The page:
<?php
$dbhost = 'localhost';
$dbuser = 'theuser';
$dbpass = 'thepassword';
$dbname = 'phptst';
?>

This meant that my code and the sample code were beginning to diverge from a fundamental point. Because my PHP PEAR database layer was different, my connection code in the main page was different. Because of that, my query code had to be different, and because of that, my display code had to be different. In fact in the end I based the whole thing on the example previously quoted on my Playing with PHP entry.

In the end, the code in my display table was like the inverse, or a mirror image of the sample code. Their display table was written in HTML, peppered with PHP variables. My display table was a long PHP statement, peppered with HTML strings.

My code was as shown below:

<?php
// if the user hasn't specified any "sort" the default is "Partid"
if ( isset($_GET['sort']) && $_GET['sort']=='OpCode' ) { $_SESSION['sort'] = 'OpCode'; }
else { $_SESSION['sort'] = 'Partid'; }
include('dbinfo.php');
$con = mysql_connect( $dbhost, $dbuser, $dbpass );
if (!$con)
{
die('Could not connect: ' . mysql_error());
}
mysql_select_db($dbname, $con);
$result = mysql_query("SELECT * FROM mytable") or die(mysql_error());
?>
<html>
<head>
<title>Session Data</title>
</head>
<script language="JavaScript">
<!--
function confirmdelete(id)
{
var c = confirm("Do you really want to delete this line?");
if (c) {
window.location="deletecontact.php?id="+id;
}
}
//-->
</script>
<body>
<a href="addcontact.php">Add a Line</a> | My Items
<h1>Session Data</h1>
<table style="text-align:center;">
<tr bgcolor="#CCCCCC">
<td width="70"><strong>Itemid</strong></td>
<td width="70"><strong><?php if ($_SESSION['sort']!='OpCode') { echo '<a href="',$_SERVER['PHP_SELF'],'?sort=OpCode">Partid</a>'; } else { echo 'OpCode ↓'; } ?></strong></td>
<td width="70"><strong><?php if ($_SESSION['sort']!='Partid') { echo '<a href="',$_SERVER['PHP_SELF'],'?sort=Partid">OpCode</a>'; } else { echo 'OpCode ↓'; } ?></strong></td>
<td width="70"><strong>Itemdet</strong></td>
<td width="70"><strong>Raw</strong></td>
<td width="70"><strong>Rate</strong></td>
<td width="70"><strong>Edit</strong></td>
<td width="70"><strong>Delete</strong></td>
</tr>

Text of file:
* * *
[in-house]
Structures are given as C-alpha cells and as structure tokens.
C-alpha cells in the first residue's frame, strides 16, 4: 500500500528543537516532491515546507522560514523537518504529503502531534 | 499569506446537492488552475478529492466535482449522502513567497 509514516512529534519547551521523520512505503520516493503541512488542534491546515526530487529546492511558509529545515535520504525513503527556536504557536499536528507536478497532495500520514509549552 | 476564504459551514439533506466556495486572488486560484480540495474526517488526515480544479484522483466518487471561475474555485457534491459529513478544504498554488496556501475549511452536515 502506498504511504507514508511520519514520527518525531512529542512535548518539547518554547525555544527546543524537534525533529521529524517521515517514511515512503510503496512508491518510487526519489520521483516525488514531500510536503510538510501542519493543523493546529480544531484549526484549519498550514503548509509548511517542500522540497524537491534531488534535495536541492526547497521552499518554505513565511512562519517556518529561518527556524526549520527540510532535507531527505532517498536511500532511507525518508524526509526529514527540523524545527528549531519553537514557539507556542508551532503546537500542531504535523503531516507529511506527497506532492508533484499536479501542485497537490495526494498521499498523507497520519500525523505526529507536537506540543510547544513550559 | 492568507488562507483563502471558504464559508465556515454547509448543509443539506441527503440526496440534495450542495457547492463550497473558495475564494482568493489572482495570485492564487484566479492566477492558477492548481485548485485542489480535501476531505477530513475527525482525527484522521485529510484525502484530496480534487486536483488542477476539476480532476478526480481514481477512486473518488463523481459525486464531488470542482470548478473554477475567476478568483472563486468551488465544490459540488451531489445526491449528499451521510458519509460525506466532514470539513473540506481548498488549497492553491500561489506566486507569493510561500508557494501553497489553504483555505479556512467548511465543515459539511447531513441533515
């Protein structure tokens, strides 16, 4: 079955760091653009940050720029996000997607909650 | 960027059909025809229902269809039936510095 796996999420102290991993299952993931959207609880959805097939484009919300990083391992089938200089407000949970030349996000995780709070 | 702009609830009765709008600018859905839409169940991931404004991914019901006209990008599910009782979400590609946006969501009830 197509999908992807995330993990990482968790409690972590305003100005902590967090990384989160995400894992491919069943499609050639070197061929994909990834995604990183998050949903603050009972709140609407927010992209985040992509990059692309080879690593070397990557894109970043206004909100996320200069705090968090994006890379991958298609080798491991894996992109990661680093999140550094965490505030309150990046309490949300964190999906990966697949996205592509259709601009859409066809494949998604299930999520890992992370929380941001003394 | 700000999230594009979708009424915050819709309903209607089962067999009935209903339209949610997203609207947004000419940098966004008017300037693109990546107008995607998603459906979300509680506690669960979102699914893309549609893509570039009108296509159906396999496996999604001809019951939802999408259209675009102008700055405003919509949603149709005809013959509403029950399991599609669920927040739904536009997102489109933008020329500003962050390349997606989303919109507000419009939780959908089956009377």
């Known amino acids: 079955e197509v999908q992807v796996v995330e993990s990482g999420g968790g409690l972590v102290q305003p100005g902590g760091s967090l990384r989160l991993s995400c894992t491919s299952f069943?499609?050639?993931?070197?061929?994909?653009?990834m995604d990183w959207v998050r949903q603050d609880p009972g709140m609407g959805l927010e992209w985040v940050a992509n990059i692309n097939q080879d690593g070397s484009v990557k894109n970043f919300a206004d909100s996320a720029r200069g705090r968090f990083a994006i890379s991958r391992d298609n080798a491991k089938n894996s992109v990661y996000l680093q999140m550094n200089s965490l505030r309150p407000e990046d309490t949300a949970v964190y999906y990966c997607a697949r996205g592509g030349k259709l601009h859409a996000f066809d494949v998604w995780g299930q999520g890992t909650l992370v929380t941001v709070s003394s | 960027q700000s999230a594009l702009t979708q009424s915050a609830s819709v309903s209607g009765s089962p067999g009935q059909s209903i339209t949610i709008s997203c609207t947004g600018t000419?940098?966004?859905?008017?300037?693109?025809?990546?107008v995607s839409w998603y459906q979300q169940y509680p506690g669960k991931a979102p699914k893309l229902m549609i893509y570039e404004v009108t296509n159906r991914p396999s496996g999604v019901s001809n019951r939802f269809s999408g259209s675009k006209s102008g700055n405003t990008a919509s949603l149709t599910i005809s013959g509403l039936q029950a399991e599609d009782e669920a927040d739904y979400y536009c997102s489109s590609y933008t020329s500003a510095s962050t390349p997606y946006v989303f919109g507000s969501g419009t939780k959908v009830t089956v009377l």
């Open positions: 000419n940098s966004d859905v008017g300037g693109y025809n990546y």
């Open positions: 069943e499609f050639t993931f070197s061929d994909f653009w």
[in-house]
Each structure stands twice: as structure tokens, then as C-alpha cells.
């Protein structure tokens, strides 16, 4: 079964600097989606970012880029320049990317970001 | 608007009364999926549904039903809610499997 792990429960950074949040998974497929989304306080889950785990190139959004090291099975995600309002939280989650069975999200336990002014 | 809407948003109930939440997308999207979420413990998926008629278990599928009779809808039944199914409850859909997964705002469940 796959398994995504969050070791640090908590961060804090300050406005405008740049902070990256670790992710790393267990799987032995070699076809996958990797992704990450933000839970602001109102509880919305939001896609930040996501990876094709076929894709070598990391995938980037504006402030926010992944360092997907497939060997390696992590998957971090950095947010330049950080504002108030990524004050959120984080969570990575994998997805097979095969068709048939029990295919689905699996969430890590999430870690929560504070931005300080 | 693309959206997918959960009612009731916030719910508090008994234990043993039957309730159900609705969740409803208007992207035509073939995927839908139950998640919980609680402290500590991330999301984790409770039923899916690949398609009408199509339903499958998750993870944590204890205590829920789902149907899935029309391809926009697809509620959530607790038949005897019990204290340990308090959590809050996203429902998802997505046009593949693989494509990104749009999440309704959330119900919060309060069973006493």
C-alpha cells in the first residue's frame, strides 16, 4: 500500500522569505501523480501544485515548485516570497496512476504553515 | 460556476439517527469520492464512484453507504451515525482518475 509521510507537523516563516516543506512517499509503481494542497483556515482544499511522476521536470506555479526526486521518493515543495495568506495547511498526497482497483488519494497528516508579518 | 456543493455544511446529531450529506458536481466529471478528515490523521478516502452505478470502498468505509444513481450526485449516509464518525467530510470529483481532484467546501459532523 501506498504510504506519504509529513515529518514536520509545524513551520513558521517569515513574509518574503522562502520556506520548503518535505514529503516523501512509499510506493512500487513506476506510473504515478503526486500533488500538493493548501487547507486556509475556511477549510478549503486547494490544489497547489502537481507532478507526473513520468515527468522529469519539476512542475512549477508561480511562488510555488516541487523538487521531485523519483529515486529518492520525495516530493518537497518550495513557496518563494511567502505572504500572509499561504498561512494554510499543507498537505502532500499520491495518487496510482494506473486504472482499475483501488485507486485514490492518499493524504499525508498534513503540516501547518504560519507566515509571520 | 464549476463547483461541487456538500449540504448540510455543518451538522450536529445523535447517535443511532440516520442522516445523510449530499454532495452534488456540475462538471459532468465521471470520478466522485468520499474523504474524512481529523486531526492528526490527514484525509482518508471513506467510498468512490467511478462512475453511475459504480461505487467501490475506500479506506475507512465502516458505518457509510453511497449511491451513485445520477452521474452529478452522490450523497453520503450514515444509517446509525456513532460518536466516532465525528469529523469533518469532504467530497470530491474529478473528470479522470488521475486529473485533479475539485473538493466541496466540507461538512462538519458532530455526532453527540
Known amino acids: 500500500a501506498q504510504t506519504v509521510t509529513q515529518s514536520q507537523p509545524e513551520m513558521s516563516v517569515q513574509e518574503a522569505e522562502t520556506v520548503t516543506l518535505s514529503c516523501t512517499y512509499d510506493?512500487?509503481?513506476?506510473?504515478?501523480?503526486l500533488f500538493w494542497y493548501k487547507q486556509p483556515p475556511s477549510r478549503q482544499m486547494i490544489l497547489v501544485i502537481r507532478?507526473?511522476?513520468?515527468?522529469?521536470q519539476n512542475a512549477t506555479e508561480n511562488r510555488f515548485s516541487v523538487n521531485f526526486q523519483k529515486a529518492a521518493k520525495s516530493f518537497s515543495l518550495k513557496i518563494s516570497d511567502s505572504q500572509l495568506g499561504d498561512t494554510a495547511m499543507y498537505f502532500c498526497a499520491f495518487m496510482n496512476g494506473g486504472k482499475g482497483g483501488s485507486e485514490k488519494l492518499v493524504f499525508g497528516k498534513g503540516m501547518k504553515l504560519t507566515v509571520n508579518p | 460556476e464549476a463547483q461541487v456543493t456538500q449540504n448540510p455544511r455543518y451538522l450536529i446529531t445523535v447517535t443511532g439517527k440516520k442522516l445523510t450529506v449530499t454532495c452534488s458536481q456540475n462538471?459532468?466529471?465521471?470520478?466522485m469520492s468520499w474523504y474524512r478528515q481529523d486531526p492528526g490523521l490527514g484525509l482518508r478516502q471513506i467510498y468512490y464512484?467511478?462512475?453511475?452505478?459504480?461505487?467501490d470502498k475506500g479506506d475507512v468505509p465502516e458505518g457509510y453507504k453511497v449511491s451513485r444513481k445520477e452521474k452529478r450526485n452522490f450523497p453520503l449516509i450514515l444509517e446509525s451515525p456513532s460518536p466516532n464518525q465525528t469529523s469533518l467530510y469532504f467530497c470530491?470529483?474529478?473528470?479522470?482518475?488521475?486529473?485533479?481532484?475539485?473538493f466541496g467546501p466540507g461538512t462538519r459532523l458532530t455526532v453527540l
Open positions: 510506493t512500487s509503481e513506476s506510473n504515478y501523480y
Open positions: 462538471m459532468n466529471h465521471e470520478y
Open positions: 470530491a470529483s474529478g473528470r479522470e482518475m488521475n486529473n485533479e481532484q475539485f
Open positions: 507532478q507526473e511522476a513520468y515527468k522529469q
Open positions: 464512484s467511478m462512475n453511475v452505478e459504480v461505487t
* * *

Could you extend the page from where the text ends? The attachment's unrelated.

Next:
<?php
while($row = mysql_fetch_array($result))
{
echo "<tr>";
echo "<td>" . $row['Itemid'] . "</td>";
echo "<td>" . $row['OpCode'] . "</td>";
echo "<td>" . $row['Partid'] . "</td>";
echo "<td>" . $row['Itemdet'] . "</td>";
echo "<td>" . $row['Raw'] . "</td>";
echo "<td>" . $row['Rate'] . "</td>";
echo '<td><a href="editcontact.php?id=' . $row['Itemid'] . '">edit</a></td>';
echo '<td><a href="deletecontact.php?id=' . $row['Itemid'] . '">delete</td>';
echo "</tr>";
}
?>
</table>
</body>

And the page looked like this:

Friday, September 9, 2011

A closer look at PHP database update options

A frustration I've had with most tutorials on using JavaScript with PHP to update a database is that the "add data" function nearly always calls a new page. In my application, I want data added to a database quietly in the background, and I certainly don't want the user dragged away from the Applet page every time a line is added to the database.

After much searching, and searches excluding terms such as "forum", (forum questions seem to dominate this topic in Google), I found an excellent page hosted by Virginia Tech. This is a really good single page tutorial, which takes the reader through all the basics of PHP, from echo "Hello World!"; to a simple web application, which includes all the essential functions of adding data, displaying data, editing data and deleting records. Better still, for each task, it includes the PHP source code, produced HTML, and rendered HTML. There are no zip files to download, and certainly at first glance, no holes or gaps in the code.

Most importantly, for me, the tutorial makes explicitly clear the code required to stay on the same page while information is being posted from a form. So if information is entered on an ordinary HTML page (with a name and extension like myForm.htm) and is to be processed by a page called myCode.php, the opening form tag should look like this: